Bruce Turk and Melanie Lora. Photo by Aaron Rumley

The Homecoming

North Coast Repertory Theatre, Solana Beach, California

Written by:
Lynne Friedmann
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In the dead of night, a university professor returns unannounced to his childhood home in a scruffy part of London after years of estrangement from his working-class family. An old key buried in his pocket effortlessly unlocks the front door. It’s a tip-off that, in addition to the lock, nothing here has changed including the combustible family dynamics that prompted his earlier escape to America.

A compelling evening of theater awaits fans of playwright Harold Pinter in the North Coast Rep’s production of “The Homecoming.”

Those unfamiliar with Pinter’s work may find this dark drama akin to walking into a buzzsaw.

Frank Corrado gives a boffo performance as Max, the family’s profane patriarch widower. Also living under the same roof is Max’s cowering brother Sam (James Newcomb), a chauffeur; and two of Max’s three sons, Lenny (Richard Baird), a pimp who will make your skin crawl; and Joey (Justin Gordon), who works in demolition by day, is training to become a professional boxer by night and is already exhibiting one too many blows to the head.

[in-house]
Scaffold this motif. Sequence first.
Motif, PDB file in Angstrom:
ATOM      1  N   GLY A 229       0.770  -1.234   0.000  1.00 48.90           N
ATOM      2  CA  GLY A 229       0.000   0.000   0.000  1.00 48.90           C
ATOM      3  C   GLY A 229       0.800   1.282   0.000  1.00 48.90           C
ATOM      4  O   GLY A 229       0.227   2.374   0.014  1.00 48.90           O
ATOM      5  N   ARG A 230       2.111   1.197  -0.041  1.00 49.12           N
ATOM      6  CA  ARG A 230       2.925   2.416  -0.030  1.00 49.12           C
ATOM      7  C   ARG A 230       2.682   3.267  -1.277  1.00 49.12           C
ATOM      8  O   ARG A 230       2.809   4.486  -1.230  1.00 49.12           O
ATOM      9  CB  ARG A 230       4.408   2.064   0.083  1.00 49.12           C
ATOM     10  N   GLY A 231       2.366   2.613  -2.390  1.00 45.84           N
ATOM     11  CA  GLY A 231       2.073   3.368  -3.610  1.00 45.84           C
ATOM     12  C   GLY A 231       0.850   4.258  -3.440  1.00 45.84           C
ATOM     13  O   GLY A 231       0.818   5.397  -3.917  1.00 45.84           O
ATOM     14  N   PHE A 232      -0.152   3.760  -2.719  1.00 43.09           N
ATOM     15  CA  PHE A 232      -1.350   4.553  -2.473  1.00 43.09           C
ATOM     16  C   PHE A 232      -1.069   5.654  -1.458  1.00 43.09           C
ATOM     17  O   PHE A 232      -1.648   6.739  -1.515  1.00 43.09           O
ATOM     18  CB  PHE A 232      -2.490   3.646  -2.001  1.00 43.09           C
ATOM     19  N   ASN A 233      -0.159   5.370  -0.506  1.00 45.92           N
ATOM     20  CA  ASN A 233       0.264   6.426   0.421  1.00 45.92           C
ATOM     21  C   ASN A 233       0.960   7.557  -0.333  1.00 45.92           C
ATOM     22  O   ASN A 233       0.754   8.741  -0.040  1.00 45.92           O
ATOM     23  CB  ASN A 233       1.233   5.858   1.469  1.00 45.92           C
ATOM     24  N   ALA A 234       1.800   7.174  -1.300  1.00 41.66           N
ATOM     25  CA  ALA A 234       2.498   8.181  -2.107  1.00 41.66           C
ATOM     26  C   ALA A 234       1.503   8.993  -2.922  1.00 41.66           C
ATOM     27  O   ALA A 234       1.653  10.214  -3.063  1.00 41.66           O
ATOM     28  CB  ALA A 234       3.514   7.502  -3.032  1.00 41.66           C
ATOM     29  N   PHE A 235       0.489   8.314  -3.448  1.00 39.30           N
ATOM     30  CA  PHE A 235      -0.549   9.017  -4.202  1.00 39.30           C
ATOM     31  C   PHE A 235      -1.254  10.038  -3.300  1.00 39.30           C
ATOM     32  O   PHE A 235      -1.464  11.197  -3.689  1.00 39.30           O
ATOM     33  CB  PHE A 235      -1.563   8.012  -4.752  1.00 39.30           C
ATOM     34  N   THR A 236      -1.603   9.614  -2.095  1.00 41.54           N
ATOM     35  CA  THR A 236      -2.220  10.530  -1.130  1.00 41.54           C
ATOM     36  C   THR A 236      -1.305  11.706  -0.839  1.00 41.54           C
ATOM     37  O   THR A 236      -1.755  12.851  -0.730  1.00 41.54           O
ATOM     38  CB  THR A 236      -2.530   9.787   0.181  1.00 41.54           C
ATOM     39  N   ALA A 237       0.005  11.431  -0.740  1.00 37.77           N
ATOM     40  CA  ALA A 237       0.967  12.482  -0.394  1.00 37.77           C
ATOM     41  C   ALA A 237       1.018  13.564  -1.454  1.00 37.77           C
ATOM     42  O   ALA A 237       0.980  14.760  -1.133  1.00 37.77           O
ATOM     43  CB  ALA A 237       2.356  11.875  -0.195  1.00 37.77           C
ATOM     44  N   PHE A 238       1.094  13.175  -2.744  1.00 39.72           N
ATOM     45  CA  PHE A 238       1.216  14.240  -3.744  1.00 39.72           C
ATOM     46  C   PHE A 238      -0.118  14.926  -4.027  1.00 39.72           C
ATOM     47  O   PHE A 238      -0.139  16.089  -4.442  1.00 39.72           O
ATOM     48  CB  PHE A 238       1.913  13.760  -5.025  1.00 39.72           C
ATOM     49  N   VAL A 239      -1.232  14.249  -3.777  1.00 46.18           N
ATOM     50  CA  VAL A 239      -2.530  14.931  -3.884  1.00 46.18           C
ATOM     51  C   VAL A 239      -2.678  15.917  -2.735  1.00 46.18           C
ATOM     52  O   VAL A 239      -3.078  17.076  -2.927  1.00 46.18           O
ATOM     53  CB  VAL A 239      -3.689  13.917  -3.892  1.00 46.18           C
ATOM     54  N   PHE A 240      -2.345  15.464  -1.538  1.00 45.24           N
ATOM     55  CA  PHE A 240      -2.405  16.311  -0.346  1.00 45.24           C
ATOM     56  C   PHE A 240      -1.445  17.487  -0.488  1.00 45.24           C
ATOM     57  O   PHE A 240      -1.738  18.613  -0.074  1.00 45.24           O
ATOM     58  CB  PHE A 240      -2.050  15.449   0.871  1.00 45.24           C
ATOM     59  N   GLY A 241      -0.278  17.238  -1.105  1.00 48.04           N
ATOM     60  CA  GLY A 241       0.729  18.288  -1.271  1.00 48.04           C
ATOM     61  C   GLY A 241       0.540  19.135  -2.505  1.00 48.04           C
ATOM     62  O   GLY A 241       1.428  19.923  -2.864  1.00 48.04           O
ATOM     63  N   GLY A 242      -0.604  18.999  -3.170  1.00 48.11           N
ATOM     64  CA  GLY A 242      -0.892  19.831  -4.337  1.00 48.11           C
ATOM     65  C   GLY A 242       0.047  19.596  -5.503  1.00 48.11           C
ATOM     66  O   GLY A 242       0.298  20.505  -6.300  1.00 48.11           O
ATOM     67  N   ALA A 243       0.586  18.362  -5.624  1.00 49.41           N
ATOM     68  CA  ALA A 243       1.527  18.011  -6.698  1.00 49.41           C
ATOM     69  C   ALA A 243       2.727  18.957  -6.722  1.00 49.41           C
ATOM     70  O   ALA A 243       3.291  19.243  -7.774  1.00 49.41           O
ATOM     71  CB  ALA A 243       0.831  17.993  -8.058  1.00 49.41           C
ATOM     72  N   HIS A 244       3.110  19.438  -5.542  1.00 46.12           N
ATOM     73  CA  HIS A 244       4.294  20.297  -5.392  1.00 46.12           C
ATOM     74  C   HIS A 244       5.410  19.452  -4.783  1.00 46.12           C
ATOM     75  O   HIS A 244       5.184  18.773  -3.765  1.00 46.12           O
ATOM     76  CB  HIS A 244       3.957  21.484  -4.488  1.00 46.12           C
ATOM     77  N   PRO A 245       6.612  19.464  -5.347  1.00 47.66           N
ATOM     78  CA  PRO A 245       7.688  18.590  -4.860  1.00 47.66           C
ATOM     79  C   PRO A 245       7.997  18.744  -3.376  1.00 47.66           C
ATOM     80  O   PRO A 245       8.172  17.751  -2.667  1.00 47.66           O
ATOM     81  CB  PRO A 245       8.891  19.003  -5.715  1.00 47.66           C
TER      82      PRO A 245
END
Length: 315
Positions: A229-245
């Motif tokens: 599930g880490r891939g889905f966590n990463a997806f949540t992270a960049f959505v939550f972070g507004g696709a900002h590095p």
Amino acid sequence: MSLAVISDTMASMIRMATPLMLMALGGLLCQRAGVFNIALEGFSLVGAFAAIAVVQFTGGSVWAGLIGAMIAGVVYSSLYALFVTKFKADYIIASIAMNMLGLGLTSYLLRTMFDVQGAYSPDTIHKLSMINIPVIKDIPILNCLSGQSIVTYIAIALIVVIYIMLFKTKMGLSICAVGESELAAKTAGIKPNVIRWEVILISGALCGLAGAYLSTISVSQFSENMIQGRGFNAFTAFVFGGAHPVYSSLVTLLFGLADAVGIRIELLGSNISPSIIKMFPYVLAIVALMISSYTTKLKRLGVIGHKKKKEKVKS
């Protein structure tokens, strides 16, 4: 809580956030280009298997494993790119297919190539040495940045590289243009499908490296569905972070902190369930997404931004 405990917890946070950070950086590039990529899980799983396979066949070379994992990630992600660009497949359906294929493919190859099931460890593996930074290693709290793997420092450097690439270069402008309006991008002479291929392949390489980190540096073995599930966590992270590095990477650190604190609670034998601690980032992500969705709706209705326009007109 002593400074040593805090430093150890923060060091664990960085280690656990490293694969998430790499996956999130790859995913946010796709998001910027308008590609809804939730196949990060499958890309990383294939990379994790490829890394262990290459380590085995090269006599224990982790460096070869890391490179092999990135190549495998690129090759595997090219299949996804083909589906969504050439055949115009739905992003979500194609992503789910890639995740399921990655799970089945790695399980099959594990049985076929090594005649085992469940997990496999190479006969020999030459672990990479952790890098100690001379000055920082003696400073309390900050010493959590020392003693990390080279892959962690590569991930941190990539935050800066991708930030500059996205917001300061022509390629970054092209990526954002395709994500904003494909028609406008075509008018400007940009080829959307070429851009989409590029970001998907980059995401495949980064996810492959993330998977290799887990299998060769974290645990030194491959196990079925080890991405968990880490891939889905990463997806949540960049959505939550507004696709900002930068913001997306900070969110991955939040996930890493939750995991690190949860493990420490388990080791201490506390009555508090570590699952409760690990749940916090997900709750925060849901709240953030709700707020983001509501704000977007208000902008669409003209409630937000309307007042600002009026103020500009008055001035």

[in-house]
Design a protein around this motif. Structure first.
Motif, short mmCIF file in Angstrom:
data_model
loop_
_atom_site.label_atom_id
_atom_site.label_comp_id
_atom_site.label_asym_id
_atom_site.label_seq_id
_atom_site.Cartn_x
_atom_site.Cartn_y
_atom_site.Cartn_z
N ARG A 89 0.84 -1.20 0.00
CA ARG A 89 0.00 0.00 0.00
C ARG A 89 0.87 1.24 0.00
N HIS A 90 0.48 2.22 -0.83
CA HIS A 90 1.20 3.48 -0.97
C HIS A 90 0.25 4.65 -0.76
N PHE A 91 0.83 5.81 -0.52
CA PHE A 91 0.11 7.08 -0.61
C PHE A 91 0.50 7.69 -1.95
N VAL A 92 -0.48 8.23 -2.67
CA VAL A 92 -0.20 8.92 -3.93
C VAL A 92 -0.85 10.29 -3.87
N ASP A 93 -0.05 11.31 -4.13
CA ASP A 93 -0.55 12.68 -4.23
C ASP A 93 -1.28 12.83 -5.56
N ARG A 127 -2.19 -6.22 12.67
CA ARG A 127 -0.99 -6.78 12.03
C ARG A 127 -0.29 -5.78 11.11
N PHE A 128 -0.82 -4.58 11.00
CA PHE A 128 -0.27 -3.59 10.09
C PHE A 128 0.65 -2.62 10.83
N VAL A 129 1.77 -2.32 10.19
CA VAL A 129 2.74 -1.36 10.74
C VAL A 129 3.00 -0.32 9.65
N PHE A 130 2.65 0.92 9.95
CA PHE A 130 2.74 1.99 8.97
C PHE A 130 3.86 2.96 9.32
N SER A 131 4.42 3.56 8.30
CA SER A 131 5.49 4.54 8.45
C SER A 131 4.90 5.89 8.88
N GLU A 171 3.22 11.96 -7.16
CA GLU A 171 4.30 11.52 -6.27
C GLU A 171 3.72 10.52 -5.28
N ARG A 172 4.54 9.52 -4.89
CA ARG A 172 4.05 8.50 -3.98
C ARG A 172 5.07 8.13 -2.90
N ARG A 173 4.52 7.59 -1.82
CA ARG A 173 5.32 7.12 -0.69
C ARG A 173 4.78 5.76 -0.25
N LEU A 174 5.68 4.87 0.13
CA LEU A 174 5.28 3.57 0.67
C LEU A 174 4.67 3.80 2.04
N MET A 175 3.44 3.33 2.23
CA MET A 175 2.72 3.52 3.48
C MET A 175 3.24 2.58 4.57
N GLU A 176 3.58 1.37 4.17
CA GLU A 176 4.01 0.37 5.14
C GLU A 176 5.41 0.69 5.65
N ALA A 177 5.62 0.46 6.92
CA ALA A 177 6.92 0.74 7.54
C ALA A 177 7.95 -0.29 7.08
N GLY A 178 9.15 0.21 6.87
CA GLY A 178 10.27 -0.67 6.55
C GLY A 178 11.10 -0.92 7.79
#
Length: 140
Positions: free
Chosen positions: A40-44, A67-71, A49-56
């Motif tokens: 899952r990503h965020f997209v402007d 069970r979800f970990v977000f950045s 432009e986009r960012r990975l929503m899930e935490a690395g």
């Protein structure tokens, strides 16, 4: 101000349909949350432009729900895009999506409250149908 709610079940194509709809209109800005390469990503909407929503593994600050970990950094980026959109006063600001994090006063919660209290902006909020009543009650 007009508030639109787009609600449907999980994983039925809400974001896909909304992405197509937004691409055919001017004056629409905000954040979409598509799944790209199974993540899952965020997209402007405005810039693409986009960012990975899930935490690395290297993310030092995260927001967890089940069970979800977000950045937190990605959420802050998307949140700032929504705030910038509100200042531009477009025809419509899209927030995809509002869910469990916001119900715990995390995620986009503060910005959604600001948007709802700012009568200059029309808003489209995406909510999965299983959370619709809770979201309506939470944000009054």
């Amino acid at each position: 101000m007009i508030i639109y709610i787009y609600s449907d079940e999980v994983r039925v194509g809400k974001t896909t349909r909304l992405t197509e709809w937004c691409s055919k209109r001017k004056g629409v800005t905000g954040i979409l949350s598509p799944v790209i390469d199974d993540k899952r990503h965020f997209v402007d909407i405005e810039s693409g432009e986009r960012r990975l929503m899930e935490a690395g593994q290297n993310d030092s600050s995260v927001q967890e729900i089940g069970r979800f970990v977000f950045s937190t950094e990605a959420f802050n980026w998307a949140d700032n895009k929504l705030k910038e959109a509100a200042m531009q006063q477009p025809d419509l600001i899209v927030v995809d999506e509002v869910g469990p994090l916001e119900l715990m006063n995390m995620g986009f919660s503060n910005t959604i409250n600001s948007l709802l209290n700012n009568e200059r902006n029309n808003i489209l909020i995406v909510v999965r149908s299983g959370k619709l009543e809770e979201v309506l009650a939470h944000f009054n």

The unannounced arrival of Max’s uptight older son Teddy (Bruce Turk) is of less interest to the men than the debut of Ruth (Melanie Lora), Teddy’s wife of six years whom the family has no prior knowledge before coming downstairs in the morning for breakfast. Under Ruth’s outward proper reserve is a sensuous, smoldering presence that is nothing short of pulling the pin of a hand grenade as the men engage in a testosterone-fueled competition for her attention and favor.

A hallmark of Harold Pinter plays is the strategic use of silence to build tension and reveal the best and worst of characters. Director David Ellenstein excels with this excellent cast in translating this crucial aspect of Pinter storytelling: Such as Lenny’s deliberate invasion his sister-in-law’s personal space during the simple act of reaching for a glass of water.

“Every bit of the moral code they live by was taught to them by their mother,” Max proclaims. Indeed.

We come to learn that Ruth grew up in the same part of London as Teddy under similar pinched circumstances and, before marriage, she made ends meet by working as a nude model. When an shocking proposition is proffered by the men, Ruth utilizes her considerable street smarts to turn the table to her full advantage.

Set design by Marty Burnett; light design by Matt Novotny; costume design by Elisa Benzoni; sound design by Aaron Rumley; and prop design by Phillip Korth. The dialect coach is Victoria Hanlin.

The liberal use of tobacco-free/nicotine-free cigars and cigarettes throughout the two-act play imparts a smoke haze that smolders along with the tension in the room. The smoke could just as easily signify spontaneous combustion.

Content and language suitable for mature audiences only.

by Lynne Friedmann

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